Teaching Kids About Money

Teaching Kids About Money

Teaching Kids About Money

Teaching kids about money can be a strange concept for children. Many kids eventually develop an understanding that things cost money and money is needed for certain goods and services. However, they may not know where that money comes from or what its value really is. Teaching your kids even just the basics about money can help them with simple math. This knowledge will also help mold them into young savvy savers.

First Thing’s First: Money Doesn’t Grow on Trees

Many kids might think that in order to get money, all you have to do is go to the bank and ask for some. Take the time to explain where and how money comes from. You need to work hard to make money and the types of jobs they can obtain.  This will help them better understand that there is more to money than it simply being at a bank. Depending on how old your children are, you can provide them money or other forms of payment. This can be such as snacks in exchange for completing chores or helping around the house.

Giving Them the Goods

Whether you decide to give your children money in exchange for chores or as an allowance, you can use this as an opportunity to teach them budgeting. The best way to teach kids how to manage their money is to give them some. If they decide to spend their allowance on a new toy, then they won’t have enough left over for when the ice cream truck rolls around. This may sound like a hassle to deal with at first. However, first-hand experience is a great teacher and it is more likely to be a lesson they will remember.

Teaching Kids About Money and Responsibility

Spending vs. Saving

This can be a family activity that you do together, whether your child is helping you go grocery shopping or you are helping them look for the best deal on a toy they want. Looking at coupons, comparing prices, and making a budget together can be really helpful for forging good spending habits in the future. Plus, it can help teach them valuable, and thrifty, saving and spending skills.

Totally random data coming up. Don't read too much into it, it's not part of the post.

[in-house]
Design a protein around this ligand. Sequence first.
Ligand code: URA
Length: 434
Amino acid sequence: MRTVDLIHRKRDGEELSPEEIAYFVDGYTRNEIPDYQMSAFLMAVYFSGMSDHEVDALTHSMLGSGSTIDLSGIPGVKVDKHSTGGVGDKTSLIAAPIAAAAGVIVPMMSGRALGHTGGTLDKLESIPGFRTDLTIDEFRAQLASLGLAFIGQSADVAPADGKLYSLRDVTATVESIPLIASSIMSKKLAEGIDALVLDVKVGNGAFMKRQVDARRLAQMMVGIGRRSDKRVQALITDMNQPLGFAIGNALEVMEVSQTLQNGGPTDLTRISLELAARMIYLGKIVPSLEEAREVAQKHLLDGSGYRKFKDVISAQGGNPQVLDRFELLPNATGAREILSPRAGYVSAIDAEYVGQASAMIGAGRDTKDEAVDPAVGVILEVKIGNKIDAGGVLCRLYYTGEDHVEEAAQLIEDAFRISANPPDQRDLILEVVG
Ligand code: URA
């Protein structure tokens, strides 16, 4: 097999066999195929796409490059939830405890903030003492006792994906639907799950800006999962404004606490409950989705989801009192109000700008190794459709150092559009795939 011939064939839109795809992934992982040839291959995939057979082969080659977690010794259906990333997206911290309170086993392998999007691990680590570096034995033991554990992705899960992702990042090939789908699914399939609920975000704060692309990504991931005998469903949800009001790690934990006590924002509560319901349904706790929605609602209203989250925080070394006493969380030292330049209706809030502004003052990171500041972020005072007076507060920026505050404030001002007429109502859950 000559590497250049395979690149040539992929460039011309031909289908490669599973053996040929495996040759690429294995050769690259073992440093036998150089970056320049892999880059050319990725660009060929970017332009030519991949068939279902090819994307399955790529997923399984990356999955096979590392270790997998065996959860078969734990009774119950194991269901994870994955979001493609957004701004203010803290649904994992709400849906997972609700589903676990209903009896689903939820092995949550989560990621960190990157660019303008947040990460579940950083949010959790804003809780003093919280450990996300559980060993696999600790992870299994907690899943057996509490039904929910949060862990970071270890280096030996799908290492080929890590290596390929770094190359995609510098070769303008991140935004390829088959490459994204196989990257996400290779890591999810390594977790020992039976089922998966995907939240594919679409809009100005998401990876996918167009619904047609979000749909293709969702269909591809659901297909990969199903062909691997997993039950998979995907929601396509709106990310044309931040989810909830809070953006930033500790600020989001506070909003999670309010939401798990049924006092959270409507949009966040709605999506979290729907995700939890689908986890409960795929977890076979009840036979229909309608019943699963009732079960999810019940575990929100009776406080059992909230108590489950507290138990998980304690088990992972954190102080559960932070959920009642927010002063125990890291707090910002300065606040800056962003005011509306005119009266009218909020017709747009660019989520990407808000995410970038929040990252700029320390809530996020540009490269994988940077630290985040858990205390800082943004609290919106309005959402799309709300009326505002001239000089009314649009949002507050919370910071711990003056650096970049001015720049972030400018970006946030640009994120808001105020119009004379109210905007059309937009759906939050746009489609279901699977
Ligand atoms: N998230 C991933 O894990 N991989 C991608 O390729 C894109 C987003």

Incorporating Fun Activities

There are many activities out there that can teach kids about money while at the same time helping with their math skills. These activities can be based around basic financial principles, including charitable giving, delayed gratification, budgeting, saving money, and compounding interest.  For more in-depth reading on how these fun activities can be implemented read here.

Helping Kids Learn to Write

Helping Kids Learn to Write

Helping Kids Learn to Write

Writing is a valuable skill. Though formal letter writing on paper has died out, correspondence via email and other mediums is just as strong as ever. Helping kids learn to write well, or at least convey a thought or idea effectively, is necessary no matter what your profession.

For kids, learning to write well can be incredibly useful in their academic career. Especially since they will surely have to write papers and complete their homework effectively. However, writing can also lead to a hobby as well as increase their reading skills.

As we all know reading and writing are intrinsically linked. Being able to read well and understand concepts can help kids become better and more effective writers, and vice versa. With young kids, it helps to start small and simple, just like you would with reading. Here are some practical tips parents and guardians can try to get their kids into writing and make them better writers.

The Right Instruments

Just like how introducing babies to cardboard or fabric books can get kids acquainted with books as objects, picking out big, fun writing instruments can have the same effect.  You’ll first want to get kids acquainted with writing out or tracing letters. Safe options for younger children can include big pieces of chalk to draw with on the sidewalk or board. You can even get a little messy with paintbrushes or finger paints. Making this fun can be a great introduction to writing.

Start Small